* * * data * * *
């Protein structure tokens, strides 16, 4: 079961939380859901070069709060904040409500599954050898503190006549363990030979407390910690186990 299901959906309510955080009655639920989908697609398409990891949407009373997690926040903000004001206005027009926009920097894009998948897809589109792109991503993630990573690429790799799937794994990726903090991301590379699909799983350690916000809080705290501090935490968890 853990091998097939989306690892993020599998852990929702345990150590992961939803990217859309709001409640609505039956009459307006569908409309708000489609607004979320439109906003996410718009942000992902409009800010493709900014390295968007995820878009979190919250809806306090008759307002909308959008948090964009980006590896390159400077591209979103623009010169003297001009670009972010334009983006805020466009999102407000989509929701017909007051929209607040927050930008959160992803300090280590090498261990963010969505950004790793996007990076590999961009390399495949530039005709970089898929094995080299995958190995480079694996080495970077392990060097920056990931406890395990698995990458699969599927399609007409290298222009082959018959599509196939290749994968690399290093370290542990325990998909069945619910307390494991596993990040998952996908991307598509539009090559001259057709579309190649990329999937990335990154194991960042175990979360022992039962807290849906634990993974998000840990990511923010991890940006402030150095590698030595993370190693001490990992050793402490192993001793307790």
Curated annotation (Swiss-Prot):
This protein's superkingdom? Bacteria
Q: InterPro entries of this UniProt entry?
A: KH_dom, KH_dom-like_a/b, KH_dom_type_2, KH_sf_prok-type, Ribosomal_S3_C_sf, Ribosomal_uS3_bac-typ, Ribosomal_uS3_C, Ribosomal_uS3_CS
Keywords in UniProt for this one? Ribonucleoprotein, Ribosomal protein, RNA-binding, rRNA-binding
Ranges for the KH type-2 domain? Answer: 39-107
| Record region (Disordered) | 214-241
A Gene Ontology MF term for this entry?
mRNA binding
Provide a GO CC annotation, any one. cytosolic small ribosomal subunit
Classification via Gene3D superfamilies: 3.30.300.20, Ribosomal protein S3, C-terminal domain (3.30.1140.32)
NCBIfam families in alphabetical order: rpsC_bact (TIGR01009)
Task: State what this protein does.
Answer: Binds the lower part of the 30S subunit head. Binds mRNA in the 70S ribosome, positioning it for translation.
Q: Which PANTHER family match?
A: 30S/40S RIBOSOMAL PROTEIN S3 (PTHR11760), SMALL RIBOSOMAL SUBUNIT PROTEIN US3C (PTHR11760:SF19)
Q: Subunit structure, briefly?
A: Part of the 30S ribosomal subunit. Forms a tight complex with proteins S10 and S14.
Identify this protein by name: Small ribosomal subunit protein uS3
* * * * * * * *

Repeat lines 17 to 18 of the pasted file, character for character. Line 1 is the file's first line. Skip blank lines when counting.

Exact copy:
A: 30S/40S RIBOSOMAL PROTEIN S3 (PTHR11760), SMALL RIBOSOMAL SUBUNIT PROTEIN US3C (PTHR11760:SF19)
Q: Subunit structure, briefly?